Royal Gambit




This release by Straight Arrow contains an audience recording of the show performed in Richfield Ohio on the 23rd October 1976. The same show was previously issued under the title ‘Fairy Tales, but this time it is more complete containing Ed Enoch’s introduction and the closing announcement which were both missing from the earlier release.


It comes with a 16 page booklet containing 14 superb colour photos from the actual show, with a review of the concert written by the renowned Elvis photographer Bob Heis. Here he recounts presenting a sign to Elvis at several shows on this tour, which he retrieved at the end of each performance to use at the next, until Elvis began to recognise it. Further facts and details are provided regarding this October tour, with more photos featured on the artwork, inlay tray and the disc itself. Suffice to say it’s another nice production.


The sound quality is much improved on this re-issue, being both clearer and better balanced with considerably more depth than before. Consequently, it’s far more dynamic and therefore provides a more vivid impression of the crowd atmosphere and excitement of the occasion. The tape speed has also been adjusted, which together with the extra inclusions, accounts for an increased running time compared to the former release.


After the 2001 introduction, the crowd go wild as the drums begin the opening vamp, leading into the usual See See Rider. I Got A Woman follows, leading to a five verse Amen chorus which falters at one point before Elvis extends it for an extra verse. Afterwards the reaction is so enthusiastic that he remarks, “Good grief, I mean what is this…the Astrodome?”


Love Me is sung next, with an impressive reach on the ending, followed by a seemingly unrehearsed Fairytale, where he forgets the lyrics and the Sweet Inspirations miss their cue to end it. This causes him to apologise to the crowd, saying, “I’m sorry about that, we haven’t done that in quite a while and I, uh, forgot the words to it tonight.” A good version of You Gave Me A Mountain follows this, before an enthusiastic performance of Jailhouse Rock, which has him laughing at the end.


All Shook Up and the Teddy Bear / Don’t Be Cruel medley are next and receive a rapturous reception. And I Love You So is introduced as And I l Love HER So and sounds tremendous, with Elvis’ rich vocals echoing around the auditorium. After this he calls out “Little Darlin’,” but quickly changes his mind after a couple of bars, deciding to do Fever instead. From the enthusiastic shrieking throughout, it proves a popular choice.


America The Beautiful is sung next and sounds great with his voice soaring majestically on the ending. Polk Salad Annie is another good performance, where his band proves to be in fine form, relishing the funky arrangement.  The group introductions follow this and are largely predictable, with the usual array of jokes and short bursts of Early Morning Rain, What I’d Say and Johnny B. Goode. Nevertheless, all the band solos appear fresh and inspired tonight, with Love Letters sounding better here than on other occasions where the tempo was prone to drag.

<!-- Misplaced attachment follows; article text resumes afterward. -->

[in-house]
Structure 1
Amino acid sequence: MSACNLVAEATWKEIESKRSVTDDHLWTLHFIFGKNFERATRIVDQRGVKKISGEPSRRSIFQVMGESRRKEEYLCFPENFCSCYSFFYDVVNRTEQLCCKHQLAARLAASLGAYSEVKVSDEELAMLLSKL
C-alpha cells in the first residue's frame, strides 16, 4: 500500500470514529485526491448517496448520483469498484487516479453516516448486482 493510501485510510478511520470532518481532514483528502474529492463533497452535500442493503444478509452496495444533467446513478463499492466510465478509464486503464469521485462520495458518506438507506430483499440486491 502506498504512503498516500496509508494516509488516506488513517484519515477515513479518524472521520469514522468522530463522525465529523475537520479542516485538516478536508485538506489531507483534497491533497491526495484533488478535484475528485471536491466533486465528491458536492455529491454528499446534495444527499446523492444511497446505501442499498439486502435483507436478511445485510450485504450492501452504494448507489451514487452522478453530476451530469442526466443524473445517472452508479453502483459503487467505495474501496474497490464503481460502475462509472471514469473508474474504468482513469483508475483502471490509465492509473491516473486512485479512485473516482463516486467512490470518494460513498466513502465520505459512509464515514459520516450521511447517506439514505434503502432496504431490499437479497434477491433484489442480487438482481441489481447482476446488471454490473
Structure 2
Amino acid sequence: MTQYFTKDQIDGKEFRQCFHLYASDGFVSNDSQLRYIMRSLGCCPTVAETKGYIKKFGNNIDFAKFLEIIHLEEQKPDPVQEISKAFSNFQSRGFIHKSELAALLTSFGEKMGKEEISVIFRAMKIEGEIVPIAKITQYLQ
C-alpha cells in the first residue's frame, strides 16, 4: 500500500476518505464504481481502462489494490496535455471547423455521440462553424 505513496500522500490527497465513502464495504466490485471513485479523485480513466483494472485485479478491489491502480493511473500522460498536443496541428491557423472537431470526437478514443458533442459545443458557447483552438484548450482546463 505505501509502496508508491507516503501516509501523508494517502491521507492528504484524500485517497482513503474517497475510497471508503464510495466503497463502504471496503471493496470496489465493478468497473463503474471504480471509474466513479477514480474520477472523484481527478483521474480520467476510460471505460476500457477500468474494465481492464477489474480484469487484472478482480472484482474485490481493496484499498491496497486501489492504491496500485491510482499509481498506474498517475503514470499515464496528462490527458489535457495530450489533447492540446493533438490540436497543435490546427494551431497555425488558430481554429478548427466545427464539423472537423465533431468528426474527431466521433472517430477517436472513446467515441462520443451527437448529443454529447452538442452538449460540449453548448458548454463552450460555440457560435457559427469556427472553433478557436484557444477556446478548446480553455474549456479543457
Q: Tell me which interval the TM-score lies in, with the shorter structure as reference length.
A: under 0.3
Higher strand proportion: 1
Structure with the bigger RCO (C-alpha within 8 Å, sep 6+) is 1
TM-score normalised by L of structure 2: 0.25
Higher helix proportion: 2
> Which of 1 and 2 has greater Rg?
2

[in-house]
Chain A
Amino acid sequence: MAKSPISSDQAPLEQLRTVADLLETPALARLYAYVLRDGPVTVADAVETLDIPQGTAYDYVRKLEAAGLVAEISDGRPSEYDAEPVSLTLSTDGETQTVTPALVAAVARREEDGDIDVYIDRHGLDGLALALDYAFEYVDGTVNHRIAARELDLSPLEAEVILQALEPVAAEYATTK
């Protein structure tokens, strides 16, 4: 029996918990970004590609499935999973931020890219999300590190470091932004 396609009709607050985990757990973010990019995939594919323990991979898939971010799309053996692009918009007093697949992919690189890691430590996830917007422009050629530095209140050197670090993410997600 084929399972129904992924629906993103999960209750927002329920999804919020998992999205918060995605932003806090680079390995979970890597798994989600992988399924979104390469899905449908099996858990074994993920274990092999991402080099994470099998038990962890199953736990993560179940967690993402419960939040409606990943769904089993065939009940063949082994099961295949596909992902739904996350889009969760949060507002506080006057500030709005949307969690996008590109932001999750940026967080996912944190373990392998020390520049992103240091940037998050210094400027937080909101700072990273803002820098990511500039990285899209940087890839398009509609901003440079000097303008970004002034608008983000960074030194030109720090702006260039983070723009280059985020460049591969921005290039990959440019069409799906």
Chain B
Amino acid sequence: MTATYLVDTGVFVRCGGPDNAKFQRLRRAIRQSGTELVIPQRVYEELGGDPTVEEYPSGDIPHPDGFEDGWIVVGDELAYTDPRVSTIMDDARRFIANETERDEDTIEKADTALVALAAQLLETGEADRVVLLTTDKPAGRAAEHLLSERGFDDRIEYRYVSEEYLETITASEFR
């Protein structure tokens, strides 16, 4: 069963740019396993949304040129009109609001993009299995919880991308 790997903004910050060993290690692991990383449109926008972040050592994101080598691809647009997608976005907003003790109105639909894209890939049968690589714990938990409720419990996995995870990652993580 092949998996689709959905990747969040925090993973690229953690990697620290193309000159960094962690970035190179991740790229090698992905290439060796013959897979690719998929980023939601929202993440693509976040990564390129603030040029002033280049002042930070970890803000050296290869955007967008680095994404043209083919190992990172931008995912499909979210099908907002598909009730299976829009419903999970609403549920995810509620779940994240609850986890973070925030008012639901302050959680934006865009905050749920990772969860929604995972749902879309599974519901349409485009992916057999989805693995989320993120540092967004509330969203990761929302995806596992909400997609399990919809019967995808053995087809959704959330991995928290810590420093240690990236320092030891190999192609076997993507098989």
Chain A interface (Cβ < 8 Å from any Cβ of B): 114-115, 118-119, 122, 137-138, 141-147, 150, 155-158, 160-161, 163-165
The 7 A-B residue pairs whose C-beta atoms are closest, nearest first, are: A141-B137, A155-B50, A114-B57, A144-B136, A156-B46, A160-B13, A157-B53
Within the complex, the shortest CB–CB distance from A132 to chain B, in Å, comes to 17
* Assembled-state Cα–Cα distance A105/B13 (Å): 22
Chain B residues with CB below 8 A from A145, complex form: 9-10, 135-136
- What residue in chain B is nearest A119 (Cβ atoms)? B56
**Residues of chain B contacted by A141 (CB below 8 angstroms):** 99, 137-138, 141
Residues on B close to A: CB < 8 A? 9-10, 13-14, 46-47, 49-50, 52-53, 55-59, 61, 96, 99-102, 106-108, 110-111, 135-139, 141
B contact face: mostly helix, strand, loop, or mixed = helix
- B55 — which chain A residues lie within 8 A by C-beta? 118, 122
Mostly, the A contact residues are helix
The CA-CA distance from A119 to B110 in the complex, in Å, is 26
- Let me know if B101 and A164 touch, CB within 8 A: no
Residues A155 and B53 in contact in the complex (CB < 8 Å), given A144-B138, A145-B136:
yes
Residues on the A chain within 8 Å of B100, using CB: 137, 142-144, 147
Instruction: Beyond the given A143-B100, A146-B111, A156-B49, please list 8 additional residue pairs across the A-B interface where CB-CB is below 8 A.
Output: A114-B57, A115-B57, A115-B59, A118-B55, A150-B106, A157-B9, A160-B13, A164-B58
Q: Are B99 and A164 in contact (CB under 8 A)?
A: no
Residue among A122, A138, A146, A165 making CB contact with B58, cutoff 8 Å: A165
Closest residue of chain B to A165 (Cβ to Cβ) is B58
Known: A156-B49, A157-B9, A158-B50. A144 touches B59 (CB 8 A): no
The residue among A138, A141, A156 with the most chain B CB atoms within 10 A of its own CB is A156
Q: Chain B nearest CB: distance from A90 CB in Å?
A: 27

Afterwards he introduces Hurt as his latest record, which receives a magnificent performance with an even better ending on the reprise. Light relief in the form of Hound Dog follows this, which begins with a teasing, “We aint, you aint, ya’ll aint…depending on what part of the country you’re from” introduction.


Sherrill Nielson is then invited to sing Danny Boy and Walk With Me, which are performed well enough, although Sherrill’s vocals sound a little harsh and strained on occasion. Of course it remains a shame that Elvis didn’t perform Danny Boy himself, but this interval was most likely used to provide an extra break in the show when his stamina was low. Keen to reassert his authority, he follows with a good version of Heartbreak Hotel.


Afterwards he remarks, “I’ll never let you outdo me son, we’re gonna do How Great Thou Art.” This duly turns out to be a fantastic performance, with his voice soaring powerfully and gracefully on the demanding ending. At this point the house lights are turned up and he informs the crowd that he will continue a little longer tonight as he was late starting the show. Mystery Train follows, which has him laughing good naturedly when he mixes up the lyrics early on, but proves to be a committed performance nonetheless.


After this he thanks the audience and his sound engineers (Bruce Jackson and Bill Porter), before closing the show with Can’t Help Falling In Love, which features an impressive vocal reach on the ending—a clear indication that he was inspired and in fine voice this evening. This is followed by an extended closing vamp with the closing announcement which was missed from the earlier release.


In conclusion, this concert is a great show for 1976, with no signs of the strain and problems that often characterised performances during this year. As such it is extremely enjoyable, especially in this sound quality, which is very good for an audience recording. It’s another quality release, as you would expect from this label and is therefore highly recommended.







Reviewed by Mike Sanders (UK)